Blind Homer Led by the Genius of Poetry

Edward Sheffield Bartholomew American

On view at The Met Fifth Avenue in Gallery 730

One of many American neoclassical sculptors who worked in Italy during the mid-nineteenth century, Bartholomew had a brief but successful career. "Blind Homer Led by the Genius of Poetry" attests to his command of the illusionistic and technical challenges of relief sculpture. The figures project convincingly as Poetry leads Homer across a plinth. They are dressed in classical garb that clings to their bodies yet falls in stylizing folds, suggesting the pull between realism and idealism often evident in mid-nineteenth-century American sculpture. This relief—and indeed many by Bartholomew and other Americans—reflects the profound influence of Italian sculptor Antonio Canova, especially in the crisp linearity of form and refined carving. The marble is surrounded by its original gilt frame.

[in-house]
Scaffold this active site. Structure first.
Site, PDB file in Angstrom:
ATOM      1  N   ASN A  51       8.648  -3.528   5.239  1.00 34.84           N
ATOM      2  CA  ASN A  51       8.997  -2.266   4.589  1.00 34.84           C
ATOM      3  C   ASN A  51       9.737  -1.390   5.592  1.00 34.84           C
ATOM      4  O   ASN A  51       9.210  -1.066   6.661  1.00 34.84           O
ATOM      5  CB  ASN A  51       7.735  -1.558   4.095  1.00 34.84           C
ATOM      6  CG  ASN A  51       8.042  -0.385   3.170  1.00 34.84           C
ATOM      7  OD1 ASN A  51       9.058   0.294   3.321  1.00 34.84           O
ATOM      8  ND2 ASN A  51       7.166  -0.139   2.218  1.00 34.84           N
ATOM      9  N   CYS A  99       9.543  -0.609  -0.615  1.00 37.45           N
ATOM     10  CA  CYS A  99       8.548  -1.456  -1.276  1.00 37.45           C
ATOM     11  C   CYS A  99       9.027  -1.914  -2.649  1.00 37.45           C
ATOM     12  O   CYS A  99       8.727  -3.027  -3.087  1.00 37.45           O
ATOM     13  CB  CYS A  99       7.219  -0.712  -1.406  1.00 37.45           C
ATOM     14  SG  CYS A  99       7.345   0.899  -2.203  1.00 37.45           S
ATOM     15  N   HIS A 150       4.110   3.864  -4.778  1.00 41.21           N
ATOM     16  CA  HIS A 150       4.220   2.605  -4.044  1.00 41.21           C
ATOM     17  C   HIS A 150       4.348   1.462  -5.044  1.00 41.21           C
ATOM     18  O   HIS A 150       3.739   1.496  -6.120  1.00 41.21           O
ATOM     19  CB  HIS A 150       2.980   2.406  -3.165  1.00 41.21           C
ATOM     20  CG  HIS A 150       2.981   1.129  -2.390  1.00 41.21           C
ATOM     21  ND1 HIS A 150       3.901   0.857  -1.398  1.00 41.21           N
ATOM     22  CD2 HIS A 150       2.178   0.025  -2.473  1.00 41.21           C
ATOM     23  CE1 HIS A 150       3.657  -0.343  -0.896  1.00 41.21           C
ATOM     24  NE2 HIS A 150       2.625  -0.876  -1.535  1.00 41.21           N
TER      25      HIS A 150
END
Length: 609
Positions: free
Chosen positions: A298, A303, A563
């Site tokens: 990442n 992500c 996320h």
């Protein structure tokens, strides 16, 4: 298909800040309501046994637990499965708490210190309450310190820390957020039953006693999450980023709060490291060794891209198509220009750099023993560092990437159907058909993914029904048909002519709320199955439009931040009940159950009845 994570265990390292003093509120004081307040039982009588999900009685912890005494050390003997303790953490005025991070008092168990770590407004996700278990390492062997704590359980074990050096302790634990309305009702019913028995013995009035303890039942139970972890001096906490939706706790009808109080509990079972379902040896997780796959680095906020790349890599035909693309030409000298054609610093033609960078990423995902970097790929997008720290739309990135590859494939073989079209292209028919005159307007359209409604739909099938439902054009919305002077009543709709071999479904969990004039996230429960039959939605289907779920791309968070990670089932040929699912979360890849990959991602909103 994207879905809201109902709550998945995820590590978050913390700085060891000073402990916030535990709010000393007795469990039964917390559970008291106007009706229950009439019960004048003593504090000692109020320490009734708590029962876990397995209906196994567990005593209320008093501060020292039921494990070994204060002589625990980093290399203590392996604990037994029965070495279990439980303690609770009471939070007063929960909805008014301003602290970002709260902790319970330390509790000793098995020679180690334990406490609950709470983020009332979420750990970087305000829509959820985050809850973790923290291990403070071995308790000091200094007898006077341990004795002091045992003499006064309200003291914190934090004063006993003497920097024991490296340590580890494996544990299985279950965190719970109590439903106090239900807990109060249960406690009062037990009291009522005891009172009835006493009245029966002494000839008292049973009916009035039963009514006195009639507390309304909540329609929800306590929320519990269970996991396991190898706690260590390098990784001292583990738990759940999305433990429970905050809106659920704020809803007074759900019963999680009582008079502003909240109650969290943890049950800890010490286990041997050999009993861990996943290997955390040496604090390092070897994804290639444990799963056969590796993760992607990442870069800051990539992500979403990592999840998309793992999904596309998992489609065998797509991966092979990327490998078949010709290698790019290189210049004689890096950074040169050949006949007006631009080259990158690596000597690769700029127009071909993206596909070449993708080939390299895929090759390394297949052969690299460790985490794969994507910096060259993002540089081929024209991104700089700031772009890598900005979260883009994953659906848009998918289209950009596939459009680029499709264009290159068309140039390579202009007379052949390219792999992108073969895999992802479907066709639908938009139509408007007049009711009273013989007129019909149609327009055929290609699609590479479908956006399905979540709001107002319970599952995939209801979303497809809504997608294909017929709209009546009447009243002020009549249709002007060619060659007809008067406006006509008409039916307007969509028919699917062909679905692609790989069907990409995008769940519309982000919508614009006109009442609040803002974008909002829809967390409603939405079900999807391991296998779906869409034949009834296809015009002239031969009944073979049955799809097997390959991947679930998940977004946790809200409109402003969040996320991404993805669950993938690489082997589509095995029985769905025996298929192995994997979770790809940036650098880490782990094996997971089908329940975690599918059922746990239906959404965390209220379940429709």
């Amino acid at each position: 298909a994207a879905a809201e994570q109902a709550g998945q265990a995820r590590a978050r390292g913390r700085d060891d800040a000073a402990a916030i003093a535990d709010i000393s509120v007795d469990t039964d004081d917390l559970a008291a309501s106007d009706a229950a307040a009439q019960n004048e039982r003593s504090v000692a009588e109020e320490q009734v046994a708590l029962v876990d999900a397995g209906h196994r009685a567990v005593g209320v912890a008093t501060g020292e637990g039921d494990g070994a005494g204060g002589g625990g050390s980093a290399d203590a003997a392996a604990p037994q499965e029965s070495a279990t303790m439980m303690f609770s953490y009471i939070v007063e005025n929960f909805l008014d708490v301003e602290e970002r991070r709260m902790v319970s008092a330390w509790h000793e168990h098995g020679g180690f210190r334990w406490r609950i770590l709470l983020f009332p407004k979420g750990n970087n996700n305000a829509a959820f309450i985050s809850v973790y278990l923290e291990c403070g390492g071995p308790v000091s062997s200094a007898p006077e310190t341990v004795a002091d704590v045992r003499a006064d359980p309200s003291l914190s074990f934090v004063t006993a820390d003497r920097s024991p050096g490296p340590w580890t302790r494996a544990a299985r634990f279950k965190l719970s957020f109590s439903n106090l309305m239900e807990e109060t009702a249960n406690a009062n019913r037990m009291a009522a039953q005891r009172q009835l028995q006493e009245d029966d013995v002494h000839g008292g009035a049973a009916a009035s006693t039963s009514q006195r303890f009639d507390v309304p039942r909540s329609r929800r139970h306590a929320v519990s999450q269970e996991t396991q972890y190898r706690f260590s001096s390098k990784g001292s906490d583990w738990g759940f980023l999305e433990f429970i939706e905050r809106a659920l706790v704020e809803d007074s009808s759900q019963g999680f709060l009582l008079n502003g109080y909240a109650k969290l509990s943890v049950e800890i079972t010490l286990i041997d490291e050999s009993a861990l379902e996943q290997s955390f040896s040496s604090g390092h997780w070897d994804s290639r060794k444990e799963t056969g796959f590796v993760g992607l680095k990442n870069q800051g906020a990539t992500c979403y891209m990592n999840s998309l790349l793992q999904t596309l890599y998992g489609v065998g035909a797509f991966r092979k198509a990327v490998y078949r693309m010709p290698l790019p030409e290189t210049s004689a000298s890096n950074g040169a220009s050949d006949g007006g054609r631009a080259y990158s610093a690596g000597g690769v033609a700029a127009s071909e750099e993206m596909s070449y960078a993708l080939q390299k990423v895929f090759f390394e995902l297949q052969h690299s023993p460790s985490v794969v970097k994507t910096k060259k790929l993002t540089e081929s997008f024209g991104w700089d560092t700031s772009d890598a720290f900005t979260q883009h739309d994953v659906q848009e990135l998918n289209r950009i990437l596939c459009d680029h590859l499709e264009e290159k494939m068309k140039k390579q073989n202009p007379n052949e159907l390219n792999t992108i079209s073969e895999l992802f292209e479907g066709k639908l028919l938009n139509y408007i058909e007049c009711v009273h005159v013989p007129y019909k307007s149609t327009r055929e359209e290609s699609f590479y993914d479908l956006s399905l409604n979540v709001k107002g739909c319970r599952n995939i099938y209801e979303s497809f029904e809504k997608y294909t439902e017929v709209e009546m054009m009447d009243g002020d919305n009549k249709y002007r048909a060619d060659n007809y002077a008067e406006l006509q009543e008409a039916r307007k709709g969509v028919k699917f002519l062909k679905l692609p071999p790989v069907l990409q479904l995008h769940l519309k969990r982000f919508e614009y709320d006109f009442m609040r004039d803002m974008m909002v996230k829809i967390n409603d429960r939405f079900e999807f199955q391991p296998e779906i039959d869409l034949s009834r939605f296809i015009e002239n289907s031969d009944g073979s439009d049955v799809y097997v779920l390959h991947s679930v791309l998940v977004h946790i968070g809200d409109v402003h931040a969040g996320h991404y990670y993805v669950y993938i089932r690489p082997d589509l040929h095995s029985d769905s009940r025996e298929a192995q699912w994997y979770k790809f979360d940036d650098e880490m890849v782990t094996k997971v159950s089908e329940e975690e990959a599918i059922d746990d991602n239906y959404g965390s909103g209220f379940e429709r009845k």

Blind Homer Led by the Genius of Poetry, Edward Sheffield Bartholomew (1822–1858), Marble, American

Due to rights restrictions, this image cannot be enlarged, viewed at full screen, or downloaded.

Open Access

As part of the Met's Open Access policy, you can freely copy, modify and distribute this image, even for commercial purposes.


Public domain data for this object can also be accessed using the Met's Open Access API.